South African court allows Zuma to appeal return-to-jail order

South Africa’s ex-leader will spend Christmas at home after the court allows him to appeal the order to end his parole.

Zuma speaks with his legal counsel during his corruption trial in Pietermaritzburg [File: Jerome Delay/Pool via Reuters]

A South African court has allowed former President Jacob Zuma to appeal a ruling that ordered him back to jail after being released in September on medical parole, meaning he will be able to spend Christmas at home.

Zuma, 79, was sentenced in June to 15 months in prison for contempt of court after ignoring instructions to participate in a corruption inquiry.

He handed himself in to begin his sentence on July 7, triggering some of the worst violence South Africa had seen in years.

Anger from supporters snowballed into broader outrage over hardship and inequalities that persist 27 years after the end of apartheid.

Zuma began medical parole in September, but earlier this month the Gauteng High Court in the capital, Pretoria, ordered that decision void and that he should return to jail, raising concerns about further violence.

The same court ruled on Tuesday his legal team should be able to appeal against the judgement at a higher court.

“In my view, this matter merits the Supreme Court of Appeal’s attention,” Judge Elias Matojane said.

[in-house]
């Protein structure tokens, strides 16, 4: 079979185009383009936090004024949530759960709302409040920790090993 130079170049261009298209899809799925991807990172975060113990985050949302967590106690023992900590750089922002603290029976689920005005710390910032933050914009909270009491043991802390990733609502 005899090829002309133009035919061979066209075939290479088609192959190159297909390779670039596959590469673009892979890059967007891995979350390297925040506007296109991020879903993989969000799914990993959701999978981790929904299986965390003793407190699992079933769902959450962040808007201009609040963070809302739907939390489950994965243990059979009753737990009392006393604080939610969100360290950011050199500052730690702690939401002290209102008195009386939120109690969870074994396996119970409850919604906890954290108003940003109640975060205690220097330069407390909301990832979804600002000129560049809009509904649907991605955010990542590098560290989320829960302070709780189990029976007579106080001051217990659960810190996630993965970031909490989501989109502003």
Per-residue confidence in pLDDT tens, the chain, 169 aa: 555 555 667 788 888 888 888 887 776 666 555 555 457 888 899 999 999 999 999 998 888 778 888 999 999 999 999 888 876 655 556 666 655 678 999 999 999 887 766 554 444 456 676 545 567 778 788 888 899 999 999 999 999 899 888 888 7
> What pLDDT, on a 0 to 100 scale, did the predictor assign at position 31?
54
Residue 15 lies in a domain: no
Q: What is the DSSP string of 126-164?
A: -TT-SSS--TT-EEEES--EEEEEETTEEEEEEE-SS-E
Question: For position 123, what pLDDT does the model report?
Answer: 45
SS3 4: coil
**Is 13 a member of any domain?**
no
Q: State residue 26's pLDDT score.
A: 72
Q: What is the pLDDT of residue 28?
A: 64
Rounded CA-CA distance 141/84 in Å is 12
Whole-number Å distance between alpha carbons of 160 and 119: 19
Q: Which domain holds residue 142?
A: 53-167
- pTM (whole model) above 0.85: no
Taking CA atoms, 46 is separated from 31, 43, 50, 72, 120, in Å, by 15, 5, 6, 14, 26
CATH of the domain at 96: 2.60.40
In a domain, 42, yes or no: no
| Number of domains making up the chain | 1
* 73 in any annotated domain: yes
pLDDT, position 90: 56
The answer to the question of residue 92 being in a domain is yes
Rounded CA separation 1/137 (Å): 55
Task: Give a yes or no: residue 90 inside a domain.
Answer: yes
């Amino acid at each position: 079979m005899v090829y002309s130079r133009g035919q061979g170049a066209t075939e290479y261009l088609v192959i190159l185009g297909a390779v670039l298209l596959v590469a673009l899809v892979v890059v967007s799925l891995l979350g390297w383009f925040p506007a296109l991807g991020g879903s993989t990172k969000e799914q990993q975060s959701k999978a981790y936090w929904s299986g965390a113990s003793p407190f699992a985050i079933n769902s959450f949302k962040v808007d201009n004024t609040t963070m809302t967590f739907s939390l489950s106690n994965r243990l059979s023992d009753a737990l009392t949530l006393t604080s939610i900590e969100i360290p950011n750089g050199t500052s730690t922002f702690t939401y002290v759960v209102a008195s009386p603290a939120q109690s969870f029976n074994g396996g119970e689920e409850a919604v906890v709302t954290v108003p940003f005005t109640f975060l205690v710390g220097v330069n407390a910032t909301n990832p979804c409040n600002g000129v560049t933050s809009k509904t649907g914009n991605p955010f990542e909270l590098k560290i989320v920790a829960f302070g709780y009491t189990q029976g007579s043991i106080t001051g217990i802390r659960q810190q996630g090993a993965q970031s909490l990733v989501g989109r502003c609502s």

He said another court may find that Zuma should be treated with “compassion, empathy and humanity” because of his ill health and advanced age.

Matojane previously ruled it should not.

“It means the court order cannot be enforced until the superior court hears the matter and makes a judgement,” Department of Correctional Services spokesperson Singabakho Nxumalo told Reuters news agency.

Test for South Africa

The legal processes against Zuma for alleged corruption during his nine-year reign are widely viewed as a test of post-apartheid South Africa’s ability to enforce the rule of law against powerful individuals.

Zuma’s 2009-18 presidency was marred by allegations of corruption and wrongdoing.

He faces a separate corruption trial linked to his sacking as deputy president in 2005 when he was implicated in a $2bn allegedly corrupt arms deal.

He denies wrongdoing in all cases and says he is the victim of a political witch-hunt.

Source: News Agencies